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Seven Things To Know When You Receive A Notice Of Investigation From The Department Of Health

Employer Liability for Employee's Intentional Violation of Patient Confidentiality

By Michael L. Smith, R.R.T., J.D.

(May 3, 2013) – A patient in New York is suing a clinic because an employee of the clinic intentionally disclosed the patient’s confidential health information. These cases still happen occasionally despite all the training provided to healthcare providers on the confidentiality of health information. The employee was fired as soon as the employer learned of the disclosure. The patient still sued the clinic even though the employee was fired.

The patient was seeking treatment from the clinic for a sexually transmitted disease. The clinic employee recognized the patient and then accessed the patient’s records without authorization to see why the patient was in the clinic. The employee then sent the patient’s confidential health information to her sister-in-law, who was the patient’s girlfriend. According to the court documents, the employee sent six text messages disclosing the patient’s confidential health information. Family loyalty aside, this is not a permitted disclosure of the patient’s health information.

The New York case is important to hospitals and other healthcare entities because it may expand their liability for the intentional acts of their employees. The attorney for the patient is asking the courts to make the employer strictly liable for intentional breach of patient confidentiality by the employee. 

Generally, an employer is only liable for the negligent acts of its employees that are committed within the scope of the employee’s employment. An employer is generally not liable for the intentional conduct of an employee that is outside the scope of the employee’s employment.  However, like most things legal, there is an exception to the exception. An employer may be held liable for intentional conduct of an employee if the employer knew the employee had a propensity to commit the intentional act, or if the intentional act was furthering the employer’s purposes. 

A patient that has their confidential information wrongfully disclosed can sue the individual that made the disclosure, but that individual usually does not have any money or other assets to satisfy a judgment. Insurance policies do not cover intentional conduct, so there is no third party available to compensate the patient for the intentional actions of the employee either. Patients file suit against employers in these matters because the employer is more likely to have the ability to pay the patient. If the patient’s lawsuit in New York is successful, there will be a dramatic increase in the number of these type cases actually filed in the courts.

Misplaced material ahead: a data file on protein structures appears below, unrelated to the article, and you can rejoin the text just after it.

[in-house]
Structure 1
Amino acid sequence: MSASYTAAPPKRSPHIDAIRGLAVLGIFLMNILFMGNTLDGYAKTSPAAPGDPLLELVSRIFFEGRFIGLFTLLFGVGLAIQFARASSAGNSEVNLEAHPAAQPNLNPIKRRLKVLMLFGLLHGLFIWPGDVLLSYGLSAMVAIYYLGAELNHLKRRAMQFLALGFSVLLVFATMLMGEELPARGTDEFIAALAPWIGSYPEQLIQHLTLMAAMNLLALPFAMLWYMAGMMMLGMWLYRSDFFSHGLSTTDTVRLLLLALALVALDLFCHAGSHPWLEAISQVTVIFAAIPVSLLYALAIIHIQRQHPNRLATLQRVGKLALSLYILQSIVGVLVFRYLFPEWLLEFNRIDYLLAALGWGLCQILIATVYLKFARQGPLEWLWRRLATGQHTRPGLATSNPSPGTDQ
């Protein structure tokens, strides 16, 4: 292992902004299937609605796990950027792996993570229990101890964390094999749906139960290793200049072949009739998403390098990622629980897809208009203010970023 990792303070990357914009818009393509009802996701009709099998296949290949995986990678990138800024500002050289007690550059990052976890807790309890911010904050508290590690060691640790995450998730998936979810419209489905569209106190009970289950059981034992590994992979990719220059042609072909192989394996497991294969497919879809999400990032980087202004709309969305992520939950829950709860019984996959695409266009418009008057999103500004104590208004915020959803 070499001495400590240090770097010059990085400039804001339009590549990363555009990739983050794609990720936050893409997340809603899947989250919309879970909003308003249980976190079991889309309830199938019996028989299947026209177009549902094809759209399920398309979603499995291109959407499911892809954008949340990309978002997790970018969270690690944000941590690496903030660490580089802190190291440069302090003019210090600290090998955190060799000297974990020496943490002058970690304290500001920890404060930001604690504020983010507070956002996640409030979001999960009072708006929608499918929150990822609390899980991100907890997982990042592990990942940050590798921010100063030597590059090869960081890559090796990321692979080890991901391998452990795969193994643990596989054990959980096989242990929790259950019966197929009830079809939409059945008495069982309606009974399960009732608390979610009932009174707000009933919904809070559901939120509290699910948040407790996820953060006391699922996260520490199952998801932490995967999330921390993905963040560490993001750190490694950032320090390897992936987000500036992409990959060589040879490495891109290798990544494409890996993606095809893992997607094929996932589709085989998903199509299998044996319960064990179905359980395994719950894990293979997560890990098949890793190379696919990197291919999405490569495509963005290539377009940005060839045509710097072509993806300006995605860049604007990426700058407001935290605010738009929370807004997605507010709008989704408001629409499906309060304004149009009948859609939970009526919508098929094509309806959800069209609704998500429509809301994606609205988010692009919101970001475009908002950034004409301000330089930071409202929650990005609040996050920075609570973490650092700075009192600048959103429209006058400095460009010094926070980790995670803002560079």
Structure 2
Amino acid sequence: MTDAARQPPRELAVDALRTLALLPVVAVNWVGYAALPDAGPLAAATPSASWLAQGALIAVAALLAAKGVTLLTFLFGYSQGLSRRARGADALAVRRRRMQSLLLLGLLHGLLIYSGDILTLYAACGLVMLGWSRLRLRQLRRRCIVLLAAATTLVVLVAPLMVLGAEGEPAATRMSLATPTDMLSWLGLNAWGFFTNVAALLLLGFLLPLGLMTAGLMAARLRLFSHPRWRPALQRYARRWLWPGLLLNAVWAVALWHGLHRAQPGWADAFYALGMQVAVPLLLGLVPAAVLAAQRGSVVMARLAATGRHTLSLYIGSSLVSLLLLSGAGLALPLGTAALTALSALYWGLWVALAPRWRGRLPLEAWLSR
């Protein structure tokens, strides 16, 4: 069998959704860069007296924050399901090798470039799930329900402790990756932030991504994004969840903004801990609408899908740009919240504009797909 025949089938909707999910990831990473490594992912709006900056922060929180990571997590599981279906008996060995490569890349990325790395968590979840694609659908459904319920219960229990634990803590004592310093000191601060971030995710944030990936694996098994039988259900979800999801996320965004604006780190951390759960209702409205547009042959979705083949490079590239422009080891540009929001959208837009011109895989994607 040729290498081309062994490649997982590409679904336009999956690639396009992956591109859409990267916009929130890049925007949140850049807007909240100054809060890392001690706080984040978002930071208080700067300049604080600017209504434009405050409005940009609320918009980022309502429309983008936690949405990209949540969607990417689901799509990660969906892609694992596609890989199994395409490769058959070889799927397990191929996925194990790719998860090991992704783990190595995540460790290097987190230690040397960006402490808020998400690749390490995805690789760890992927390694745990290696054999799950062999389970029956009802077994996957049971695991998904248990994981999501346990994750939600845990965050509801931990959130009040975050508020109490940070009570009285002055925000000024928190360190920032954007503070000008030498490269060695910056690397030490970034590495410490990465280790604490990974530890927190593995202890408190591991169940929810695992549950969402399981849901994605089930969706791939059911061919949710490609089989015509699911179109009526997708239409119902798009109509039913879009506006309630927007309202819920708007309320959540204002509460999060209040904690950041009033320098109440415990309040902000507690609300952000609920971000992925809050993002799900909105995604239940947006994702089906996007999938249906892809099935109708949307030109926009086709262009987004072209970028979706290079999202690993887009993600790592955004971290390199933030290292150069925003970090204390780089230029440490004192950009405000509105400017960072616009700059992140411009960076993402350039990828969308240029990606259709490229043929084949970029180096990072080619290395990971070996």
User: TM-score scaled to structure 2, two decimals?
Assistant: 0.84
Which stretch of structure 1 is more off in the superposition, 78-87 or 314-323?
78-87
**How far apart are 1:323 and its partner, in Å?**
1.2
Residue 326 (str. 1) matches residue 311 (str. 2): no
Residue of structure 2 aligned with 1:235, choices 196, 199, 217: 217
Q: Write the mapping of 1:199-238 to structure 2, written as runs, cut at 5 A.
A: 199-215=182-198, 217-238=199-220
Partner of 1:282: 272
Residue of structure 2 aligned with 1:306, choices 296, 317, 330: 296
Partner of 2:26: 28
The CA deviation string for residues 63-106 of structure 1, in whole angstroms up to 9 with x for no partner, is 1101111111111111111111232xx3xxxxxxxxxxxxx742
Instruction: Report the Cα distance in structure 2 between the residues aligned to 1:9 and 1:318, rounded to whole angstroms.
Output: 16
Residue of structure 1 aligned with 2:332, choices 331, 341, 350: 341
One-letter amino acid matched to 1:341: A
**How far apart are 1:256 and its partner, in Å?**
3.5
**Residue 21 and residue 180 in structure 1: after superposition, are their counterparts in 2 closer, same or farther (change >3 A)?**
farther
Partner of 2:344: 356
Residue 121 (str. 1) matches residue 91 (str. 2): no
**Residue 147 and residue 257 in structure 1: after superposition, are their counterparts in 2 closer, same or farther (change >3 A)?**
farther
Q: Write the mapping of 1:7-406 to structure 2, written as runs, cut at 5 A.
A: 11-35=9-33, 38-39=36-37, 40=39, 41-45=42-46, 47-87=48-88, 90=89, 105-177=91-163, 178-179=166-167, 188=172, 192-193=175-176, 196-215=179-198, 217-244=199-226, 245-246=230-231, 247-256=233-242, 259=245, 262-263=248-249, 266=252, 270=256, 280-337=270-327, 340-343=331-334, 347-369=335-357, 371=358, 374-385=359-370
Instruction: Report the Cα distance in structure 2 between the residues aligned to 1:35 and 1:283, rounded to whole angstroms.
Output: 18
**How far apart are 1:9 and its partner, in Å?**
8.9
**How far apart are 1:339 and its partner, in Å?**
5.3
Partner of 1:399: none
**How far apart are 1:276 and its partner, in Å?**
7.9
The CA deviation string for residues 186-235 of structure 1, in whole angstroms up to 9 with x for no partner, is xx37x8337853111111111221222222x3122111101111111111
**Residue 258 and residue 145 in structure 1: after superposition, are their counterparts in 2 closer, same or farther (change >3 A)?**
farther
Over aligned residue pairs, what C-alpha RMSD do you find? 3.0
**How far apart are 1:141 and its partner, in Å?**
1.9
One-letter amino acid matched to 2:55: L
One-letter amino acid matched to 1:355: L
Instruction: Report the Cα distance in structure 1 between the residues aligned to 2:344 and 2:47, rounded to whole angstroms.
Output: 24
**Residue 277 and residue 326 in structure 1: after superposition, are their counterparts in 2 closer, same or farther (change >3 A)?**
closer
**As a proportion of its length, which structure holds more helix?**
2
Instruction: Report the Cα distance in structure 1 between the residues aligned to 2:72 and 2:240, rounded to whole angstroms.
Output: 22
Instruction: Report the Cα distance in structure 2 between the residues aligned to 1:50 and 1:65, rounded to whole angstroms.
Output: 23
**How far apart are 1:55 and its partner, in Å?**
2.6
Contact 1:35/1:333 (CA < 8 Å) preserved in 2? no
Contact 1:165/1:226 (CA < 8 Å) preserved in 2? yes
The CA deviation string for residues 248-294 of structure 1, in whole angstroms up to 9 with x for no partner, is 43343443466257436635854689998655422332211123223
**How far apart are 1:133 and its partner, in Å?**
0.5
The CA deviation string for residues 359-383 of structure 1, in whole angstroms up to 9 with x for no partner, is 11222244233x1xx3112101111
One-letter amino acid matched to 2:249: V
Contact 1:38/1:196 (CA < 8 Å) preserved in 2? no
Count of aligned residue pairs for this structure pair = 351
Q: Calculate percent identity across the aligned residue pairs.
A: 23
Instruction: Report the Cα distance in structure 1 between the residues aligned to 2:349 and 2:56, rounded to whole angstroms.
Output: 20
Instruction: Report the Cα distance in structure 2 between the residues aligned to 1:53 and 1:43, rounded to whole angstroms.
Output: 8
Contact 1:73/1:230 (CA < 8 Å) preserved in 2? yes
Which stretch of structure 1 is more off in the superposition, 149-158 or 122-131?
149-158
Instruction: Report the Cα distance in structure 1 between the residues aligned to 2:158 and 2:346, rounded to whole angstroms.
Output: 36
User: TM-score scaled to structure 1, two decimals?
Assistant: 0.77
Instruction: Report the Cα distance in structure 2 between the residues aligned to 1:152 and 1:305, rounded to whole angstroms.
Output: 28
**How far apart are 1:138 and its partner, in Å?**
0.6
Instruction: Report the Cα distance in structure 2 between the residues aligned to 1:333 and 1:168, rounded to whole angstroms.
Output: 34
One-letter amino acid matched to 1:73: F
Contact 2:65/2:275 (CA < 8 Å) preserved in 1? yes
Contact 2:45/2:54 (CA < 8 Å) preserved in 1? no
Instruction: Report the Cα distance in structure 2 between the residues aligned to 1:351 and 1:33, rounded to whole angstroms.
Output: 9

The clinic employee in New York had no justifiable reason to disclose the patient’s confidential information. All states have mandatory reporting requirements for communicable diseases including notifications to potentially infected individuals. Those laws cover sexually transmitted diseases and would be the proper means for the clinic, not the employee, to notify the appropriate individuals about the patient’s condition. 

In addition to being fired, the employee will probably be disciplined by the licensing board. Most licensing boards revoke licenses when practitioners intentionally disclose confidential health information in violation federal and state laws. All healthcare providers need to adhere to their obligations to maintain the confidentiality of patient health information.

Michael L. Smith, RRT, JD, is board certified in health law by The Florida Bar and practices at The Health Law Firm in Altamonte Springs, Fla. This article is for general information only and is not a substitute for formal legal advice.

This article was originally published in Advance for Respiratory Care and Sleep Medicine.